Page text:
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conflict [2016/03/08 17:54] (current)
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 +====== Conflict of Fae and Faith ======
 +After the merging of the worlds and the signing of the Seelie Pact, humans and fae learned to live with each other side by side, as neighbours, allies, and friends. Or at least, most of them did. While the opinion of the general population lay somewhere in the middle, there were always a few hardliners - on both sides - who wanted change. Some wished to see the whole world turned fae, either to strip the gods and saints of their power or simply for their own ideals. Others saw the fae as an unnatural menace to be dealt with harshly and conclusively. Particularly prominent among this latter group were Lord Shipwright Osmund and St Boniface. 
 +Of those who would rather see peace than conflict, Stanley the Abiding and other members of the Collegium Profanum sought to institute laws for the safe use of fae magic - both to limit its harm and appease any naysayers. Meanwhile, Pope Celeste I, prior to her own ascension, brought in new laws to make the fae more equal to humans in the eyes of the church (which in turn sparked a line of theological debate which continues to this day) and encouraged peace and justice for all. Yet none of this could cause St Boniface to stray from his path. Even the direct intercession of Saint Gavin and his repeated attempts to make peace with Boniface were to no avail. And so, inevitably, this led to a number of key incidents.
 +The first, they say, although the tales are changeable and sometimes vague, occurred in the Alps. A few small villages nestled near the base of the mountains found over time that their inhabitants began to turn gradually fae. Some called this a blessing; others a curse. When word of this got out, a team of Inquisitors arrived, they say, by flying ship and accompanied by the manifestation of St Boniface himself. They stormed through the villages seeking the source of this corruption and slaying any who stood in their way. Their investigations led them to the streams which supplied the villages with water; these in turn led up to the top of the mountain where they found a magical spring - the source of this fae transformation. The spring was tended by a mysterious fae who, they say, chose to disguise himself as a devout priest. However, confronted by the might of St Boniface, he fled and was never seen again.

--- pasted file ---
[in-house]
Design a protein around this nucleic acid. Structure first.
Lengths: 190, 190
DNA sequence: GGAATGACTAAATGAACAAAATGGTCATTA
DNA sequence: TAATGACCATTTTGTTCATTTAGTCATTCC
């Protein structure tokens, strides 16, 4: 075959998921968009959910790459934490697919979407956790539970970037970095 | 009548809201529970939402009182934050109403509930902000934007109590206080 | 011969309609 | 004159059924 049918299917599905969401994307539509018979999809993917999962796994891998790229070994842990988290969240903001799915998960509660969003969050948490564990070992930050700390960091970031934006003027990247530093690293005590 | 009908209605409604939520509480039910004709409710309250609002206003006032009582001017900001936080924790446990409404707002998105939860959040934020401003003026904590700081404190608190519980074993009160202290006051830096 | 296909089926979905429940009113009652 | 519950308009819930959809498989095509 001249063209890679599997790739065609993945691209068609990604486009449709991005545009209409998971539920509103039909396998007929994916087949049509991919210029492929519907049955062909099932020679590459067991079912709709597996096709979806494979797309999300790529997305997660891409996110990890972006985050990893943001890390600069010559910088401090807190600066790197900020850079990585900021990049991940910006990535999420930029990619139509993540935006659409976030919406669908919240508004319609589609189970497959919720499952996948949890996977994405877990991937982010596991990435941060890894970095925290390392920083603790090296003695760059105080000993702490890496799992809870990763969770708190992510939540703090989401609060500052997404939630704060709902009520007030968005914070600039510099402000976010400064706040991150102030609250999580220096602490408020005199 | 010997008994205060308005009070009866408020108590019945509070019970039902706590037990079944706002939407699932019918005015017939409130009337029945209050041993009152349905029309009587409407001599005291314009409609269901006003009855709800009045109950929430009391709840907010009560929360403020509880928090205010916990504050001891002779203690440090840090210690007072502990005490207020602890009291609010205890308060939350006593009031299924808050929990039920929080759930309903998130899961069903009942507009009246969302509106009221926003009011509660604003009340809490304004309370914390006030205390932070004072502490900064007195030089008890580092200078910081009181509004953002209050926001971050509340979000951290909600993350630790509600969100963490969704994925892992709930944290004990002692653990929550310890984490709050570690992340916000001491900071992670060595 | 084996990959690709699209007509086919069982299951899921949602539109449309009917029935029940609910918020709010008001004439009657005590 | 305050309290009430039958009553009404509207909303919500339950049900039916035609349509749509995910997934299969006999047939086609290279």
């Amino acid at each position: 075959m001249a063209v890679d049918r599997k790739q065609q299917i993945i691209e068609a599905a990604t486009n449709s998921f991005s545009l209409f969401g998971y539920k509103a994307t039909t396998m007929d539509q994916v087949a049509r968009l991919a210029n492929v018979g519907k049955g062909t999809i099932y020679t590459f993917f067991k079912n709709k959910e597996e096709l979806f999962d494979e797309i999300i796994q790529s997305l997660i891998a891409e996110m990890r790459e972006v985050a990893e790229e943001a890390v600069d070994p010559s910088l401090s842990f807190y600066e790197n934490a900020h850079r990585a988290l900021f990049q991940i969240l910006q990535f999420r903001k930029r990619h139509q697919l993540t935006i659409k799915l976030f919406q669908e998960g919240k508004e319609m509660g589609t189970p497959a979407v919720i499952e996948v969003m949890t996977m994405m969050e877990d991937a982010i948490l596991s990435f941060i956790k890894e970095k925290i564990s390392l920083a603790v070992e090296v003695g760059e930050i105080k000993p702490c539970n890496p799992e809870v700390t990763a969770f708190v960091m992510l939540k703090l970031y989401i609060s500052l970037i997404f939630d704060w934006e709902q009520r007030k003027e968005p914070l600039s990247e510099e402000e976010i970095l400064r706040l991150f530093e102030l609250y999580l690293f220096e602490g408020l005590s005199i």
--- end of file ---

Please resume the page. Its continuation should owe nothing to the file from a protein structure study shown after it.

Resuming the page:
+The next noteworthy incident again involved a spate of fae transformations. These, however, occurred sporadically across the world. They were also less mysterious, being blatantly instigated by Ishri, Demiurge of Change. It is noted that many of her targets were sailors or shipwrights, presumably in direct defiance against the Lord Shipwright. 
 +Though still young for a Demiurge, Ishri’s power was great and the battle between her and Boniface was one of the greatest since the death of Aelindis. The scar on the land can still be seen north of Stuttgart. Both the Demiurge and the Saint of the Inquisition brought all their powers to bear against each other. In addition to his deadly scythe, the saint and his followers attempted to weaken Ishri with a variety of ingenious cold iron weapons - clearly the work of a master craftsman such as Osmund. But Ishri was soon joined by Lahav BenIdan, and together their powerful magics were enough to tear the physical manifestation of St Boniface apart.
 +When St Boniface eventually recovered from this blow, he immediately set out on a killing spree, slaying every fae he could find. This prompted resistance not only from the fae and magic communities, but also from the Church. Such outrageously violent behaviour forced the hand of Pope Celeste, who ordered all his relics be found and brought to her. With the aid of St Adela, she bound his relics for all eternity, shackling his power and removing him from this world. St Adela now keeps watch over the chest in which lies the final relic of St Boniface.
 +Though Boniface was forcibly bound, the Lord Shipwright remained free and vocal on the subject of the fae menace. Now, years later, he is joined by another: Braith, God of Vengeance, has ascended and sided with Osmund. Though she is yet to make her views on the fae clear, she and Osmund both see themselves as truly Pagan gods. They distance themselves from the signatories of the Pact of Aleyn, and there remains an ongoing tension between themselves and the Christians.
conflict.txt · Last modified: 2016/03/08 17:54 by gm_cecily
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